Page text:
Cases reported "Echinococcosis"

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1/6. Hydatid cyst of the uterus.

    BACKGROUND: Hydatidosis is a common zoonosis that affects a large number of humans and animals, especially in poorly developed countries. The infesting parasite has four forms named Echinococcus granulosis, E. multilocularis, E. vogeli and E. oligarthrus (very rare in humans). The most frequently involved organs are liver followed by the lung. The involvement of the genital tract is rare and the occurrence in the uterus is an extreme rarity. We report a case of hydatid cyst in the uterus. CASE: A 70-year-old female with a history of hydatid cysts of the liver, was admitted to hospital after complaining of low abdominal pains. On physical and gynecological examinations, no pathological finding was detected. However, the uterus was significantly large for a postmenopausal patient. Transvaginal sonography (TS) revealed a cystic mass in the uterus with a size of 7 x 6 cm. After further examinations a subtotal hysterectomy was performed. Microscopic examination showed scolices of Echinococcus granulosis. CONCLUSION: Hydatid cysts in the genital tract are rare and the occurrence in the uterus is an extreme rarity. Differentiation between hydatid cyst and malignant disease of the related organ is difficult. To avoid misdiagnosis, a careful examination of pelvic masses should be carried out in endemic areas for detection of hydatid cysts.
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2/6. Splenic hydatid cysts in a 20-year-old soldier.

    Hydatid disease is a parasitic infection of humans and herbivorous animals caused by echinococcus granulosus. A 20-year-old male soldier from Booshehr province police center was admitted with left upper quadrant pain that began 1 year before admission. Sonography disclosed an echogenic mass measuring 14 x 16 cm near the spleen and kidneys; a computed tomography scan confirmed it as a hypodense mass of the spleen that was 16 x 17 x 18 cm in dimension. Casoni skin test and indirect fluorescent antibody were positive. Through laparatomy, a splenectomy was successfully performed.
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3/6. Primary ovarian hydatid disease in the Kingdom of saudi arabia.

    Human hydatid disease is caused by echinococcus granulosus. Its distribution is world wide and it affects mainly the liver, but other organs could be involved. Primary involvement of pelvic organs is very rare. This is a case report of primary ovarian hydatid disease in a postmenopausal woman, diagnosed postoperatively. Surgical excision was adequate. ultrasonography, particularly high frequency trans-vaginal, computed tomography scan and, more recently, magnetic resonance imaging are more frequently used in the diagnosis of Echinococcus cyst. They appear more reliable than many of the old tests of varying sensitivities. Whereas, there are anecdotal reports of obstetric and gynecological manifestations of echinococcosis from some Middle Eastern and North African countries, this is the first of such report from the Kingdom of saudi arabia. It is unclear why there is a lack of information about this condition among Saudi women, even though socio-cultural attitude to female involvement in sheep farming and animal husbandry is similar to that in other Arabic and Islamic countries. We endorse the recommendation that every gynecologist, radiologist and histopathologist should maintain a high index of suspicion for hydatid cyst, whenever a septate cystic pelvic mass is found.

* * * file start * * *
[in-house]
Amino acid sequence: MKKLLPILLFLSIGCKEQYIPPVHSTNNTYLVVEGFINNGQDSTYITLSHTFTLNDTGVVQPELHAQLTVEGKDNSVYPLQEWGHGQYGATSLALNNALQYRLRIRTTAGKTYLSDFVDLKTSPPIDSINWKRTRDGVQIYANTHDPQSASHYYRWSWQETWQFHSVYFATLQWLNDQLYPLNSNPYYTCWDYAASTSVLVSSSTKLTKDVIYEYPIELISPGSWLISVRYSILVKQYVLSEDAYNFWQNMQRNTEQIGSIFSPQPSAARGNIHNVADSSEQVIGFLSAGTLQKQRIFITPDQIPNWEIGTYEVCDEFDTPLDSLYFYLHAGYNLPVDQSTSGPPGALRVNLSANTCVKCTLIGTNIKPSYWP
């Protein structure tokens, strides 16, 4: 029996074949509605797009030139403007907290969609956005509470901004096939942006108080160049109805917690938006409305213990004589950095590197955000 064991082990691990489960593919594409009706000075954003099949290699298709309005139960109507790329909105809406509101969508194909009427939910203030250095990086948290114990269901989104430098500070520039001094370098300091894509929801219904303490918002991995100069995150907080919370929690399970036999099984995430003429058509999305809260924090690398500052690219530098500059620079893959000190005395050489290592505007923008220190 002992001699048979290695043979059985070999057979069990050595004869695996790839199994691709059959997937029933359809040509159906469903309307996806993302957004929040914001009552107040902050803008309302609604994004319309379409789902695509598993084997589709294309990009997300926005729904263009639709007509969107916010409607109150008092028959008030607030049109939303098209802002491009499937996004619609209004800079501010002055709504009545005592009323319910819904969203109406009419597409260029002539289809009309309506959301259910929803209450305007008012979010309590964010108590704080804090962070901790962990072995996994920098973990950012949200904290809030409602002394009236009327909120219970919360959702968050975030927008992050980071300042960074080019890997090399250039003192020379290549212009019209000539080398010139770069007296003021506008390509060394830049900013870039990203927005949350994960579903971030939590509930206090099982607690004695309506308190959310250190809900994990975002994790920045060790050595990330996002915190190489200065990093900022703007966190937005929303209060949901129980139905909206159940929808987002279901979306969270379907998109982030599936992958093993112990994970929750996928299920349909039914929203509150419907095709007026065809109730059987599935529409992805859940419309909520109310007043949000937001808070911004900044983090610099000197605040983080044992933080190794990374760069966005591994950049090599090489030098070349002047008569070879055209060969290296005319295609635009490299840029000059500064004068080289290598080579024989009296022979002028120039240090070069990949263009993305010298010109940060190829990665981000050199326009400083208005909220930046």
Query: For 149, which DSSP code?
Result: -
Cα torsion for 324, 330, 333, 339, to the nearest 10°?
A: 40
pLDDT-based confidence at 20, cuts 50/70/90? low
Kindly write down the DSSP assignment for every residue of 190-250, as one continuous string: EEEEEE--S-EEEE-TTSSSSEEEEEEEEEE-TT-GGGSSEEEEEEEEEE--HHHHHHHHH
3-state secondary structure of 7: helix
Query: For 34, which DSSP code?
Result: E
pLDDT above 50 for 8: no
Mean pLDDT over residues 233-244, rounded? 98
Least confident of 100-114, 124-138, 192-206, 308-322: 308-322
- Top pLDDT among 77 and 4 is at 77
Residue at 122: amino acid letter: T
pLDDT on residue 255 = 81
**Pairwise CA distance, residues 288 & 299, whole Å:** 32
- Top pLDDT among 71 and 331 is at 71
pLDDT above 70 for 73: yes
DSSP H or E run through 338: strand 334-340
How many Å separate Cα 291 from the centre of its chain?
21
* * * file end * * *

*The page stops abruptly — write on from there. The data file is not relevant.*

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4/6. Primary splenic hydatid cyst: a case report with characteristic imaging appearance.

    A middle-aged lady presented with pain, tenderness and swelling in the left hypochondrium since one month. She had a history of contact with dogs and grazing animals. Sonography and computed tomography showed the pathognomonic signs of hydatid disease. The patient refused surgical treatment. She was discharged on albendazole therapy and did not return for a follow up.
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5/6. Primary cardiac echinococcosis: report of two cases with review of the literature.

    Two case reports of Saudi patients with primary cardiac hydatid cysts are presented. In the first case, a multilocular cyst was located in the wall of the left ventricle, whereas in the second case a cyst was located in the pericardial sac and another cyst in the left ventricular wall. The diagnosis was based on a history of animal contact, full clinical examination, serological tests and the use of plain radiography, including conventional tomogram, two-dimensional echocardiography, computed tomography and thallium perfusion isotope scan. This study has indicated that non-invasive radiological methods are sufficient to diagnose cardiac echinococcosis and could provide the same information as, or even more than if invasive techniques were used. Further screening of the two patients showed no involvement of other organs by hydatid cysts.
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6/6. First incidence of multilocular echinococcosis in a race horse in japan.

    Nodular hepatic lesions caused by larval echinococcus multilocularis were found in a four-year-old female thoroughbred race horse born and raised in Hokkaido. Before detection of the infection, the infected animal was transported around Honshu for racing. The present disclosure of hydatidosis in a race horse raises concern over the potential danger of spreading the infection throughout japan by horses possibly infected in Hokkaido.
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